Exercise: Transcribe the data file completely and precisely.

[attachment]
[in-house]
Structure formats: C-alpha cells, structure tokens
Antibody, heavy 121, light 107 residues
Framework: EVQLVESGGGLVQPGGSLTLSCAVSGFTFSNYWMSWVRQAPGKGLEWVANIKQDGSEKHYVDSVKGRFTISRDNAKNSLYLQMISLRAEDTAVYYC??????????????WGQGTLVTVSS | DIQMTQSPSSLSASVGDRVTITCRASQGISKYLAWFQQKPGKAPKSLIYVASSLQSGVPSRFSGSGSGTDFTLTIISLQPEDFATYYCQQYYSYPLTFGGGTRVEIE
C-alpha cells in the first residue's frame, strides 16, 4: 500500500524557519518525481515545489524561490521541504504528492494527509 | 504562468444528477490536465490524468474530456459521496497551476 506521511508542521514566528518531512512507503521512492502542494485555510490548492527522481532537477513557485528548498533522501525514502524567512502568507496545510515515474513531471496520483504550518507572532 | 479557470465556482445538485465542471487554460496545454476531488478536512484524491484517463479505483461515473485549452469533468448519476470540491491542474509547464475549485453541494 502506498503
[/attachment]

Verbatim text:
[in-house]
Structure formats: C-alpha cells, structure tokens
Antibody, heavy 121, light 107 residues
Framework: EVQLVESGGGLVQPGGSLTLSCAVSGFTFSNYWMSWVRQAPGKGLEWVANIKQDGSEKHYVDSVKGRFTISRDNAKNSLYLQMISLRAEDTAVYYC??????????????WGQGTLVTVSS | DIQMTQSPSSLSASVGDRVTITCRASQGISKYLAWFQQKPGKAPKSLIYVASSLQSGVPSRFSGSGSGTDFTLTIISLQPEDFATYYCQQYYSYPLTFGGGTRVEIE
C-alpha cells in the first residue's frame, strides 16, 4: 500500500524557519518525481515545489524561490521541504504528492494527509 | 504562468444528477490536465490524468474530456459521496497551476 506521511508542521514566528518531512512507503521512492502542494485555510490548492527522481532537477513557485528548498533522501525514502524567512502568507496545510515515474513531471496520483504550518507572532 | 479557470465556482445538485465542471487554460496545454476531488478536512484524491484517463479505483461515473485549452469533468448519476470540491491542474509547464475549485453541494 502506498503